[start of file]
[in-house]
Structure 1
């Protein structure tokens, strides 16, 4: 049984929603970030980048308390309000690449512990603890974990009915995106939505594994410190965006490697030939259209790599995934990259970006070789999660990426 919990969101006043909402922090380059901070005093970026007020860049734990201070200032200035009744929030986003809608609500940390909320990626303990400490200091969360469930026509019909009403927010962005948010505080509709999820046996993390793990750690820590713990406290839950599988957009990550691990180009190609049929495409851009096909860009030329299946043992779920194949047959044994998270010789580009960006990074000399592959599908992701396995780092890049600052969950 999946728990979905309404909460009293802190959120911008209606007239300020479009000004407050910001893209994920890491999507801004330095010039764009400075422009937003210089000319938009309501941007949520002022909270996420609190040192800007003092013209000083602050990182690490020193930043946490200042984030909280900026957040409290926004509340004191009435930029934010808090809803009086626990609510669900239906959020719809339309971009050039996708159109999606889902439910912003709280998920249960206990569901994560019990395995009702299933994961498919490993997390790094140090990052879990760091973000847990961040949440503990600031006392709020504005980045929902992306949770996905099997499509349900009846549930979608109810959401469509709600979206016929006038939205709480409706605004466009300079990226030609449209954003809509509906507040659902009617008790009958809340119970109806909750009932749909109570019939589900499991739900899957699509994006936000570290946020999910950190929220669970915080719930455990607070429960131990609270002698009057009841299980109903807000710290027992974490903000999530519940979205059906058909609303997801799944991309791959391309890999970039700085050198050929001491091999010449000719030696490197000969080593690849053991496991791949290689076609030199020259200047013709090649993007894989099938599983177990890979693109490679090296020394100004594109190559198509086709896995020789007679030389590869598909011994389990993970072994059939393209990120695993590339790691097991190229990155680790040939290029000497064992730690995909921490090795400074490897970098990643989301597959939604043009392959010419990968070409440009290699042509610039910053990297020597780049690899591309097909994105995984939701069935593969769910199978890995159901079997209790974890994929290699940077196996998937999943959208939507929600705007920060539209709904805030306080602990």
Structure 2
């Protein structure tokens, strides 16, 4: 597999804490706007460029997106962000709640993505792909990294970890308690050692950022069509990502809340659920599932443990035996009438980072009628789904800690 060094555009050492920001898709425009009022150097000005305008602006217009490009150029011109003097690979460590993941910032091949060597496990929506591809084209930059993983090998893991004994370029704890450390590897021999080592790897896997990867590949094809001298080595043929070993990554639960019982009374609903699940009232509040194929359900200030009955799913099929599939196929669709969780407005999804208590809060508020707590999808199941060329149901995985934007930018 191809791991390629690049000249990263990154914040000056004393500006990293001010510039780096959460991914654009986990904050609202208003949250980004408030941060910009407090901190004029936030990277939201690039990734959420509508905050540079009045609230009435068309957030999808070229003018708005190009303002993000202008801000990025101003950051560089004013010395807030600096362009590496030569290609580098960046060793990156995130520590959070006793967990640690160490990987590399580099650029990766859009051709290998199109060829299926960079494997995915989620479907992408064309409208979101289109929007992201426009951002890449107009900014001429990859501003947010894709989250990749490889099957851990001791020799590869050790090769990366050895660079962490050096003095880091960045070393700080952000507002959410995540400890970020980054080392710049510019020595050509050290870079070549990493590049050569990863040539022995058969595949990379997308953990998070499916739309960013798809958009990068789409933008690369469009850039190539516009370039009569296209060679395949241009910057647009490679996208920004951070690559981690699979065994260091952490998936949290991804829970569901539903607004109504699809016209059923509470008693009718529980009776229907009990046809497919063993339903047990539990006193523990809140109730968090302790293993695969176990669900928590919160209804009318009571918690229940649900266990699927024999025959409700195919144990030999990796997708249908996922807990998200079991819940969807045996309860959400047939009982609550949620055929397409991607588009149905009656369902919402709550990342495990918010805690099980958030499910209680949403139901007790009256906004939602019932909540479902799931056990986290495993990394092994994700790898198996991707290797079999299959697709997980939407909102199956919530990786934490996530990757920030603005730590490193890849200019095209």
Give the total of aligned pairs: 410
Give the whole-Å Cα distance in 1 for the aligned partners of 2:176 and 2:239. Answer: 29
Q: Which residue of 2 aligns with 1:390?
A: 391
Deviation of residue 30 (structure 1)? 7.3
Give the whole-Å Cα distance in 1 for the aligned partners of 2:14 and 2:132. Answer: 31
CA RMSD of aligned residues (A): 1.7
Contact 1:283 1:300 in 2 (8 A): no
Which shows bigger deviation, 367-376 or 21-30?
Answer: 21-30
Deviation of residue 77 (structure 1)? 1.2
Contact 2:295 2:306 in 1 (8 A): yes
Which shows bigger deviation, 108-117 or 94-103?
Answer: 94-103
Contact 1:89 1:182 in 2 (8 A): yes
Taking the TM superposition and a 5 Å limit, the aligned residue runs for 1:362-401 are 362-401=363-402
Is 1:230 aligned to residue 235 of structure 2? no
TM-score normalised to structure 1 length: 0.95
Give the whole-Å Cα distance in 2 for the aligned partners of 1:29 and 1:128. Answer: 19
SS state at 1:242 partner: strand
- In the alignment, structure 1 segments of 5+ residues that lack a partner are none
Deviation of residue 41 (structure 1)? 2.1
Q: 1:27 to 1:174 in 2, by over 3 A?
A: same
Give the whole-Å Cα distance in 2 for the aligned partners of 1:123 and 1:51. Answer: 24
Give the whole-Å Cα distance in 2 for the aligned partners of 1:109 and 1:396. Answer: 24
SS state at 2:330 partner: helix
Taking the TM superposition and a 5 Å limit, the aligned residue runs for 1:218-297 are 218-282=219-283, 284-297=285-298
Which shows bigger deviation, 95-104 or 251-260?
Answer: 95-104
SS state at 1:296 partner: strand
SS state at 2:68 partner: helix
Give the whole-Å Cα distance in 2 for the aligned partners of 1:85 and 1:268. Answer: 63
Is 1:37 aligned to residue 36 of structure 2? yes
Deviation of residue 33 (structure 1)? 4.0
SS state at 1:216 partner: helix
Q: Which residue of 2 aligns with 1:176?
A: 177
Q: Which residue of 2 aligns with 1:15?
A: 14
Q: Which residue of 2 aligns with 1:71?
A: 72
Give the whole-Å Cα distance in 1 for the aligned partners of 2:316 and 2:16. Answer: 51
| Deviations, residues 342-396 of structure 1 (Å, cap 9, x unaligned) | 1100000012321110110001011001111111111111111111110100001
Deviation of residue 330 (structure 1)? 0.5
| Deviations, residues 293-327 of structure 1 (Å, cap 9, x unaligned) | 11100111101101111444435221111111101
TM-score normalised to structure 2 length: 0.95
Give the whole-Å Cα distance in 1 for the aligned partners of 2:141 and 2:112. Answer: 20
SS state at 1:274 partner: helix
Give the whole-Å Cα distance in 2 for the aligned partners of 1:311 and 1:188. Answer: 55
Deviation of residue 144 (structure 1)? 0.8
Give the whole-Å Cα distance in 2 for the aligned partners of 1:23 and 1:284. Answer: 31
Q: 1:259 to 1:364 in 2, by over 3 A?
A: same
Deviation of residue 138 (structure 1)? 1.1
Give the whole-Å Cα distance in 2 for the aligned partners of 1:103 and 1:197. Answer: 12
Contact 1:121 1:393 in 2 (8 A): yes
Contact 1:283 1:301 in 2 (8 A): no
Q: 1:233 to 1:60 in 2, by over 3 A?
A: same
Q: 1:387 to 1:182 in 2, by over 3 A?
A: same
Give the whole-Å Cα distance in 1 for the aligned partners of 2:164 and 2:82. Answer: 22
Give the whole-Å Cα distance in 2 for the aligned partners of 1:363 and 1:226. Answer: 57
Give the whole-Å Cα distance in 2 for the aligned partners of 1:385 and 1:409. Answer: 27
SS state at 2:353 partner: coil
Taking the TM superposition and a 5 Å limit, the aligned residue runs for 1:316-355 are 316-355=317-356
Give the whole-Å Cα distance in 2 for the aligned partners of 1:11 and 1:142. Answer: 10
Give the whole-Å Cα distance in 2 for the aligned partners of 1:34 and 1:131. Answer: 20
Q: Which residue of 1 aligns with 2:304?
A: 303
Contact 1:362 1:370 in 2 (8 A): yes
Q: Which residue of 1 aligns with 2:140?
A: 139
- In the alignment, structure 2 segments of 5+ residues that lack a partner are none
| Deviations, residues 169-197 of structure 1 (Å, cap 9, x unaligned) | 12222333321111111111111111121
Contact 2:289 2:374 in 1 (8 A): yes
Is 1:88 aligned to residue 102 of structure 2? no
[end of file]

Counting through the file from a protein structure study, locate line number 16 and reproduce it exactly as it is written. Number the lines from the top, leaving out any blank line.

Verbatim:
Deviation of residue 77 (structure 1)? 1.2